Tag Archives: Manti T’eo

Thoughts on the Most Disliked Athletes in America (Who the heck voted on these guys?)

By Kevin York

Photo Credit: (Tom Szczerbowski/USA Today Sports)

Photo Credit: (Tom Szczerbowski/USA Today Sports)

Earlier this week Forbes released its list of the 10 most disliked athletes in America. That full list, in order by the most disliked, is as follows:

Tie – 1. Lance Armstrong
Tie – 1. Manti Te’o
3. Tiger Woods
4. Jay Cutler
5. Metta World Peace
6. Alex Rodriguez
7. Michael Vick
8. Kurt Busch
9. Kobe Bryant
10. Tony Romo

After I read that list, all I could think was, “who voted on this thing?” I can understand Armstrong. The wounds are still fresh from his admittance to using PEDs for, well, his entire career. Woods, World Peace, Vick and Bryant appearing on the list show that it’s hard to ditch reputations once those reputations have soured with the general public. Being a cheating, sex crazed asshole, going into the stands to attack fans, abusing dogs, and being accused of rape are things that take quite a bit of time for people to forget. When I look at some of the others, though, I just have to ask “why?”

Should Manti Te’o really be hated? You can call him naive, oblivious or gullible, but I’m not sure I’d call him hated. I almost feel sorry for the guy considering just how stupid he now appears to be. I think his place on the list is more due to people hating Notre Dame than Te’o.

Jay Cutler? Sure he’s an arrogant douche, or I guess I should just say douche since arrogance is an assumed part of doucheness. You can say he’s a whiny little brat too, but does he belong on a most hated list? Is he even relevant enough nationwide to be on this list?

Hasn’t Alex Rodriguez all but admitted he’s overrated? He admitted to using banned performance enhancing substances. He disappears in the postseason (both in games and when media want to talk to him). Sure, he plays for the Yankees, and we all hate the Yankees, but a spot in the top 10 list? I think we can do better (or should I say worse?) than A-Rod.

Kurt Busch? Do we consider auto racing a sport? No, seriously, do we? So Kurt has road rage, so does every other American male over the age of sixteen. I guess this is the impact of the south on the vote.

I’m at the point where I feel sorry for Tony Romo. The guy doesn’t do anything to be hated, I guess unless you’re a Cowboys fan, and I’d wager that his place on this list is more due to the voting of Cowboy haters than fans. He’s a model citizen off the field. If anything, I think this list shows that Americans still consider the Yankees, Cowboys and Notre Dame their most hated teams.

So the list is compiled of five guys that I agree belong on it, or should I say, I won’t fight back on; and five guys that have no place on this list.

So who should replace those that I don’t think belong?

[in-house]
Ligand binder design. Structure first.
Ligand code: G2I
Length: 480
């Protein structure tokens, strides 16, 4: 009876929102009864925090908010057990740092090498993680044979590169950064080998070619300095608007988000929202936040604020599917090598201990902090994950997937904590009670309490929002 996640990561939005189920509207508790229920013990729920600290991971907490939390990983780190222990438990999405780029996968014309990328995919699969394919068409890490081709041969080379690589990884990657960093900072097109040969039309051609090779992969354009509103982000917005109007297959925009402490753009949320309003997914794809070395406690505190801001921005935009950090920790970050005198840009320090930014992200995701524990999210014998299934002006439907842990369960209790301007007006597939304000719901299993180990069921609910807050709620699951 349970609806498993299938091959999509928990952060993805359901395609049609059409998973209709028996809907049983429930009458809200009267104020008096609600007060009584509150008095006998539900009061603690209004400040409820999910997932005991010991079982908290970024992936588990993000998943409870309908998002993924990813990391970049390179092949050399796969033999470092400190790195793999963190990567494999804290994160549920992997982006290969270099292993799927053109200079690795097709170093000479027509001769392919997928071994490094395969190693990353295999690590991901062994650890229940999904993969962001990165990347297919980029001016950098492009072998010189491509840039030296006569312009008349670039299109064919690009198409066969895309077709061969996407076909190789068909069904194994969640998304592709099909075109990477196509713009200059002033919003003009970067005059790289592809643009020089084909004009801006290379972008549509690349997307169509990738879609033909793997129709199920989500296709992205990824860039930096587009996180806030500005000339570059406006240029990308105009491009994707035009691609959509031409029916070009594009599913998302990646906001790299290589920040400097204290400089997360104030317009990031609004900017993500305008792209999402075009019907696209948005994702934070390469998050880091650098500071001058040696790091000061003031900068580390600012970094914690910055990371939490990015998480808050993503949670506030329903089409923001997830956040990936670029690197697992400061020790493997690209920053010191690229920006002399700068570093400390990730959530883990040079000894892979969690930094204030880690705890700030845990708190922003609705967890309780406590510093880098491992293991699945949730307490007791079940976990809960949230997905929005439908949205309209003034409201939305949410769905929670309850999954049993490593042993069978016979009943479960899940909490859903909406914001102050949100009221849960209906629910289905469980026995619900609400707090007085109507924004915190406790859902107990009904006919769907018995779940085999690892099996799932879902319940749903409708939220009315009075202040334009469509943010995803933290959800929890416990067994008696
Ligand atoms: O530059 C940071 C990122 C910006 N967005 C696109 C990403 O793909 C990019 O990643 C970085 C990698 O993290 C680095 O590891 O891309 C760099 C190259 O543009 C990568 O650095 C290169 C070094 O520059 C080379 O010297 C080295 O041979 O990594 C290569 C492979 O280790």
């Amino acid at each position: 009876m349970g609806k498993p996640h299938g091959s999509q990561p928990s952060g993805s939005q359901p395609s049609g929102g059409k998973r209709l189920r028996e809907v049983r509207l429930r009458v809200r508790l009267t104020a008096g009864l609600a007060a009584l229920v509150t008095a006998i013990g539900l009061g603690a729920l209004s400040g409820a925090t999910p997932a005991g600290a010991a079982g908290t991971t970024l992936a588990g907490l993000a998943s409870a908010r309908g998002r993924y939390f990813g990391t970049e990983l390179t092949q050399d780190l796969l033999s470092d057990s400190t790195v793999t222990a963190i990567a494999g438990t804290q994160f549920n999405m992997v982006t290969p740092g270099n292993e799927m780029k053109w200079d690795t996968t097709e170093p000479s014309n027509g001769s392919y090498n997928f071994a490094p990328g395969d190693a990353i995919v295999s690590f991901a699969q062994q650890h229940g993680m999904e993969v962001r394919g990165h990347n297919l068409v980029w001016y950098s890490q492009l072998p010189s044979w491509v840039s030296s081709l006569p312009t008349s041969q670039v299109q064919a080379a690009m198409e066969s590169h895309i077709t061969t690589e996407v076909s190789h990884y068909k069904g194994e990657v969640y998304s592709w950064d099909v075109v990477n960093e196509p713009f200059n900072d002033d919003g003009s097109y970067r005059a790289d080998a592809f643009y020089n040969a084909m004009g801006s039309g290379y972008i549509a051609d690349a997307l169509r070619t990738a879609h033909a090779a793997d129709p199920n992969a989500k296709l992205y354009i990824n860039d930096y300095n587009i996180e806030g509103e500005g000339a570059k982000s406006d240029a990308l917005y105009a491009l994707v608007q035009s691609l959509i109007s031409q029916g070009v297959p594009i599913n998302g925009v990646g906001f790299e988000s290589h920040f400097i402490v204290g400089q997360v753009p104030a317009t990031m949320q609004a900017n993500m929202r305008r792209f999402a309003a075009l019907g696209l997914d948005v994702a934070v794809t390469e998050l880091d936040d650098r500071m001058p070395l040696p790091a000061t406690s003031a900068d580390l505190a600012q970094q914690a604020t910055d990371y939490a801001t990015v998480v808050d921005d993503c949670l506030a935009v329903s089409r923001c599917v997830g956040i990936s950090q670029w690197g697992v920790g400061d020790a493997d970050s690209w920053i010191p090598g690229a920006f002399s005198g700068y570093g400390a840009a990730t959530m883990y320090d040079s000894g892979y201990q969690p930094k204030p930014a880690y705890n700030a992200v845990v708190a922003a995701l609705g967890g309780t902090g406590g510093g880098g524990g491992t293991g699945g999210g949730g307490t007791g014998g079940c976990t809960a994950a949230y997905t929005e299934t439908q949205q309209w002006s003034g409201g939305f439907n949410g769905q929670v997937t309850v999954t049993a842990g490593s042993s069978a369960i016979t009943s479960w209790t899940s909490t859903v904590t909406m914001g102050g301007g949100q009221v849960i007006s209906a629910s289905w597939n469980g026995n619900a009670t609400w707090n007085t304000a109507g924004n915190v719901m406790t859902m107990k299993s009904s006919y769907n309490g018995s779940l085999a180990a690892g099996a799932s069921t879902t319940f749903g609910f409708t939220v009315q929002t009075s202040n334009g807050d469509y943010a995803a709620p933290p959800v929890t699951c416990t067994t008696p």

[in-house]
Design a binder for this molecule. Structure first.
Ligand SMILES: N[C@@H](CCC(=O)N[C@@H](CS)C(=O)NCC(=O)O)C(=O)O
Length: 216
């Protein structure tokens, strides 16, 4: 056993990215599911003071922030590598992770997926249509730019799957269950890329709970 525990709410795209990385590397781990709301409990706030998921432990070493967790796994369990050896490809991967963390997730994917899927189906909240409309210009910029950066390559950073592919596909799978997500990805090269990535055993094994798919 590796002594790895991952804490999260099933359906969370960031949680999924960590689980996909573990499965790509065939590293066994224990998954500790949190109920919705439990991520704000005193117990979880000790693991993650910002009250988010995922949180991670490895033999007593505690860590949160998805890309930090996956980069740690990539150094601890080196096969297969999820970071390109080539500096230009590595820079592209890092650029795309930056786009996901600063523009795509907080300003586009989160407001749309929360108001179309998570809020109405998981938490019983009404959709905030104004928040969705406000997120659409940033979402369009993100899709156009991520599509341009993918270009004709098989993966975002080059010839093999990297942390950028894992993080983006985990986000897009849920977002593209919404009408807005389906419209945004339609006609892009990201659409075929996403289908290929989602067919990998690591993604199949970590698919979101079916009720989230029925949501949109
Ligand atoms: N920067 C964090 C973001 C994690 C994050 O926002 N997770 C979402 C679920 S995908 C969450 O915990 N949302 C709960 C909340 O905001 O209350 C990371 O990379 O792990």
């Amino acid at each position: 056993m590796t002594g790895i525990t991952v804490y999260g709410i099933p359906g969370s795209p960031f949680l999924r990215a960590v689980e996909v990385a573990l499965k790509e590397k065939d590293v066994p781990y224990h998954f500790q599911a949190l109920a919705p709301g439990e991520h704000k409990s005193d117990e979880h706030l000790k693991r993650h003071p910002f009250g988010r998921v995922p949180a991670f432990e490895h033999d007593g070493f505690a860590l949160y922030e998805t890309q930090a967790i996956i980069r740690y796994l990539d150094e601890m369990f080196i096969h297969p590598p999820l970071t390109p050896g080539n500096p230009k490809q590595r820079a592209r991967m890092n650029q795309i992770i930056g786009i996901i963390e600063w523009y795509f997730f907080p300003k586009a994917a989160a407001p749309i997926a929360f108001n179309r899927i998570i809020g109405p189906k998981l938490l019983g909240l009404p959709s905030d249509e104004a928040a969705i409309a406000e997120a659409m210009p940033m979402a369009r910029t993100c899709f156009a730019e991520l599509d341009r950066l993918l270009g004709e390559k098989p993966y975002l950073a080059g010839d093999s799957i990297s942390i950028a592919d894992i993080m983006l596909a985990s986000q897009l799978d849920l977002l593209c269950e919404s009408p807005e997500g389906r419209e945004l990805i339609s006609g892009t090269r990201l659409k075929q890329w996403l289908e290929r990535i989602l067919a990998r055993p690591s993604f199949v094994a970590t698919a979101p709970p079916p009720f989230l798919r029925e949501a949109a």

Before Rahul throws in his vote for Kris Humphries due to his infatuation with the Kardashians, let it be known that the guy was on the list last year and dropped off this year, which I think he earned, as odd and backwards as that sounds to say he earned his way off this list. Personally, I kind of like Humphries now. How can you not like a guy who irritates Kanye?

But back to who should be on this list…

  • Dwight Howard!!!!!! How quickly we’ve forgotten what an immature little brat that guy is. How is he not on this list? Forget John Kerry, Dwight Howard is the ultimate flip flopper. And don’t forget, he also got his coach fired. Then he decided he wanted out of Orlando and even chose where he wanted to go, or maybe it was his second or third choice – he switched his demands so much I’ve forgotten – and now isn’t happy there either. Sorry, Superman, you belong on this list.
Photo Credit: (Jeff Gross/Getty Images)

Photo Credit: (Jeff Gross/Getty Images)

  • If Jay Cutler is included, don’t we need Philip Rivers on it too? I think he’s more of a whining crybaby than Cutler. I’m tired of seeing him rant and rave on the sidelines, screaming at players and coaches alike.
  • Fans outside of Baltimore and New England might not be as aware of this guy, but what about Ravens safety Bernard Pollard (or Bernard Karmell Pollard!!! as Bill Simmons and the guys at Grantland refer to him). Pollard has caused serious injuries to not one, not two, not even three, but FOUR players on the New England Patriots in separate seasons. He ended the seasons of Tom Brady (2008 – torn ACL) and Wes Welker (2009 season finale – torn ACL); and for the most part, also ended the seasons of and Rob Gronkowski (2012 playoffs – sprained ankle) and Stevan Ridley (2013 playoffs – concussion knocking him unconscious) since both weren’t fully healthy contributors throughout the remainder of the playoffs. With the number piled up at four, don’t we have to say this isn’t a coincidence anymore? I know many people hate the Patriots, but look past that. The guy ended the seasons of three Pro Bowlers. Seems kind of pre-meditated to me.
  • What about Ray Freaking Lewis!?!?! This baffles me. I asked a lot of people who they were cheering for in the Super Bowl and in roughly 95% of those conversations (using a very accurate statistical measurement called my head and gut), “I hate Ray Lewis” was mentioned. The reasons varied from ‘being a hypocrite’ to ‘inaccurately depicting religion and God’s impact daily life’ to ‘killing two people,’ but the end result was the same – people can’t stand the guy.